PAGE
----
American Shad - Alosa sapidissima

American Shad - Photo credit: US Fish and Wildlife

Habitat requirements and life history: From USFW description "American shad (shad) is the largest member of the herring family, averaging between 17 and 24 inches in length and between 3 and 6 pounds in weight at sexual maturity. It is a schooling species and highly migratory. Shad are found along the Atlantic seaboard from Labrador to Florida. Most abundant on the East Coast from Connecticut to North Carolina, shad have spawned, historically, in almost every major river along the Atlantic Coast. Shad are river-specific; each major river along the Atlantic Coast appears to have a discrete spawning stock."

Like Alewife, American Shad are anadromous fish, breeding in freshwater streams. In Massachusetts, shad spawning runs generally occur in May. They spawn in the late afternoon or evening in shallow areas with sand or gravel bottoms. The young form schools and feed in the river until they are about four inches. Out migration to the sea takes place in September to early November when water temperatures drop to 66 degrees (F).

During the summer, adults that survive spawning along with subadults migrate to the Gulf of Maine (or Nantucket Shoals for southern populations) and remain there throughout the summer and early fall. Most move out of the Gulf of Maine in fall as water temperatures decline. During the winter they congregate offshore, between southern Long Island and Nantucket Shoals.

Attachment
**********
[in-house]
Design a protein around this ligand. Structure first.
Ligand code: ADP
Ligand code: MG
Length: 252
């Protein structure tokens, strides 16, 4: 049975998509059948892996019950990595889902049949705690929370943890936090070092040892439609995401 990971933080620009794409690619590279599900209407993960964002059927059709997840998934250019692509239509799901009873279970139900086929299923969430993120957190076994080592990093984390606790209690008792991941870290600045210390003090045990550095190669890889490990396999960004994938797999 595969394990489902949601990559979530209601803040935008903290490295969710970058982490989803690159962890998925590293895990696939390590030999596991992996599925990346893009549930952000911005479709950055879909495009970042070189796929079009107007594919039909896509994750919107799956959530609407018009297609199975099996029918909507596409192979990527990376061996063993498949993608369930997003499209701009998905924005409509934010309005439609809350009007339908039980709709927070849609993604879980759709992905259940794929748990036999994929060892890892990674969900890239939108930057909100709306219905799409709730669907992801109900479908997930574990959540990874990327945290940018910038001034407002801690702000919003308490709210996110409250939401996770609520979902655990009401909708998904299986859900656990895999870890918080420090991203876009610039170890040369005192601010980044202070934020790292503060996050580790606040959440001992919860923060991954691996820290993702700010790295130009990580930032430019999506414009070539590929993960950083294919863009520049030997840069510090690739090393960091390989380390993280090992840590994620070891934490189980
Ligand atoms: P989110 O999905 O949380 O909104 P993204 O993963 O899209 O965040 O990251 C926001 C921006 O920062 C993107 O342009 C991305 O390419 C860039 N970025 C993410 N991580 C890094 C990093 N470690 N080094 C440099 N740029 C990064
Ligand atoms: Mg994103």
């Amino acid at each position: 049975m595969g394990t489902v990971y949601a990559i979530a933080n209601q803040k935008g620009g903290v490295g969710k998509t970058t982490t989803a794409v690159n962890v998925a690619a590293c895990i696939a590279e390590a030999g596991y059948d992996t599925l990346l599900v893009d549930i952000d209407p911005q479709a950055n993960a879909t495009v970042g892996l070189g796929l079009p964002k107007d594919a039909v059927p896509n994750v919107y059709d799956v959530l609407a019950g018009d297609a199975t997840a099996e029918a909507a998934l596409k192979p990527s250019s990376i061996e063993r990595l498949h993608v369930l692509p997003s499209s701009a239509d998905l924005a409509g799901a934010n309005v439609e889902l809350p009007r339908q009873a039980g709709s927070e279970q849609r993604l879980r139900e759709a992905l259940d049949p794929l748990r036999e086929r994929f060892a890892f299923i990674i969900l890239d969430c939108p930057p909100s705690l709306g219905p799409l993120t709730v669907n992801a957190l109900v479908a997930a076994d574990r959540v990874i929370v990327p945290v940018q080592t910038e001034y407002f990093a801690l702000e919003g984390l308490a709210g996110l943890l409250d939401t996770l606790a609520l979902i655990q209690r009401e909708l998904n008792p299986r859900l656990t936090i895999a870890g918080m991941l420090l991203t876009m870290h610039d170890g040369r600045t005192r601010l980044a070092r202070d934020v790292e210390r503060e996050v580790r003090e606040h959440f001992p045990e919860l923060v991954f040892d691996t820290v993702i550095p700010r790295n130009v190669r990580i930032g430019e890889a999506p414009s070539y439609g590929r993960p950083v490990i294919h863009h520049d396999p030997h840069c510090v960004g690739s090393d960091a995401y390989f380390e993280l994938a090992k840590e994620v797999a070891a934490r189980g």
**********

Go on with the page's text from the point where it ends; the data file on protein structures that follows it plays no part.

Adult shad are largely filter feeders, gathering zooplankton on their gill rakers, but they will also feed on shrimp and small fishes. The young-of-the-year feed on small zooplankton and insects. (Sources: Hartel, Halliwell, and Launer, 2002. "Inland Fishes of Massachusetts"; Massachusetts Wildlife No. 2, 2000, Special Fishing Issue; U.S. Fish and Wildlife Service, June 1985, Biological Report #82(10.88) Habitat Suitability Index Models and Instream Flow Suitability Curves: American Shad)

Total Length: usually 17-24 inches (can grow larger).